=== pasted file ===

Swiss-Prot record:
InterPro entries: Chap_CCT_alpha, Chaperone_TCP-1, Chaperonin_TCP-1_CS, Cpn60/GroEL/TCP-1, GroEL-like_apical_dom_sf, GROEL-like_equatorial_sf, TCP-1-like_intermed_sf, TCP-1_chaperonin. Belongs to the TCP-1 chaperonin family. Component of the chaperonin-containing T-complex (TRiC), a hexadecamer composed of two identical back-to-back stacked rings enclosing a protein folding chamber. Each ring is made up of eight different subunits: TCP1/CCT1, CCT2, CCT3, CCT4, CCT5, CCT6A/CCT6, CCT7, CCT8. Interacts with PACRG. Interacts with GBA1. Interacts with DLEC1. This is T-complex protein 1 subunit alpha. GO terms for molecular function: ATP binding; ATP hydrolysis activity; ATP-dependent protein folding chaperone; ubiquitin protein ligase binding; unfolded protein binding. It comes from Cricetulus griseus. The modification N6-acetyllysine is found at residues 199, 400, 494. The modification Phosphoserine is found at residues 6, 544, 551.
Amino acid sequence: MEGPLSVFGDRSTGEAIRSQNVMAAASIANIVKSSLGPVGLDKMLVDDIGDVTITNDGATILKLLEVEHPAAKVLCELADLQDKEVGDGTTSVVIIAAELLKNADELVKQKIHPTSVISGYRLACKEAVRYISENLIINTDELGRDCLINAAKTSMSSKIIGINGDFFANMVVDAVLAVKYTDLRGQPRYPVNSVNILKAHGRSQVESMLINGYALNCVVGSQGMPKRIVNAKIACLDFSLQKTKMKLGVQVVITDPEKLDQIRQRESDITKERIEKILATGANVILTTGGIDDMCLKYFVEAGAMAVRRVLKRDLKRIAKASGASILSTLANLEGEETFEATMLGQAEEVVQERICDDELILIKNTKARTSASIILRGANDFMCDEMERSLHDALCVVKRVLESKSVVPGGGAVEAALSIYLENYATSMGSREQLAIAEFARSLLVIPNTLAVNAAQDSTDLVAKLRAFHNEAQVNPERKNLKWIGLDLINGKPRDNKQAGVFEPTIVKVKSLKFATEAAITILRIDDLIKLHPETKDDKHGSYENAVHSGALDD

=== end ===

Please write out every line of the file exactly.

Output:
Swiss-Prot record:
InterPro entries: Chap_CCT_alpha, Chaperone_TCP-1, Chaperonin_TCP-1_CS, Cpn60/GroEL/TCP-1, GroEL-like_apical_dom_sf, GROEL-like_equatorial_sf, TCP-1-like_intermed_sf, TCP-1_chaperonin. Belongs to the TCP-1 chaperonin family. Component of the chaperonin-containing T-complex (TRiC), a hexadecamer composed of two identical back-to-back stacked rings enclosing a protein folding chamber. Each ring is made up of eight different subunits: TCP1/CCT1, CCT2, CCT3, CCT4, CCT5, CCT6A/CCT6, CCT7, CCT8. Interacts with PACRG. Interacts with GBA1. Interacts with DLEC1. This is T-complex protein 1 subunit alpha. GO terms for molecular function: ATP binding; ATP hydrolysis activity; ATP-dependent protein folding chaperone; ubiquitin protein ligase binding; unfolded protein binding. It comes from Cricetulus griseus. The modification N6-acetyllysine is found at residues 199, 400, 494. The modification Phosphoserine is found at residues 6, 544, 551.
Amino acid sequence: MEGPLSVFGDRSTGEAIRSQNVMAAASIANIVKSSLGPVGLDKMLVDDIGDVTITNDGATILKLLEVEHPAAKVLCELADLQDKEVGDGTTSVVIIAAELLKNADELVKQKIHPTSVISGYRLACKEAVRYISENLIINTDELGRDCLINAAKTSMSSKIIGINGDFFANMVVDAVLAVKYTDLRGQPRYPVNSVNILKAHGRSQVESMLINGYALNCVVGSQGMPKRIVNAKIACLDFSLQKTKMKLGVQVVITDPEKLDQIRQRESDITKERIEKILATGANVILTTGGIDDMCLKYFVEAGAMAVRRVLKRDLKRIAKASGASILSTLANLEGEETFEATMLGQAEEVVQERICDDELILIKNTKARTSASIILRGANDFMCDEMERSLHDALCVVKRVLESKSVVPGGGAVEAALSIYLENYATSMGSREQLAIAEFARSLLVIPNTLAVNAAQDSTDLVAKLRAFHNEAQVNPERKNLKWIGLDLINGKPRDNKQAGVFEPTIVKVKSLKFATEAAITILRIDDLIKLHPETKDDKHGSYENAVHSGALDD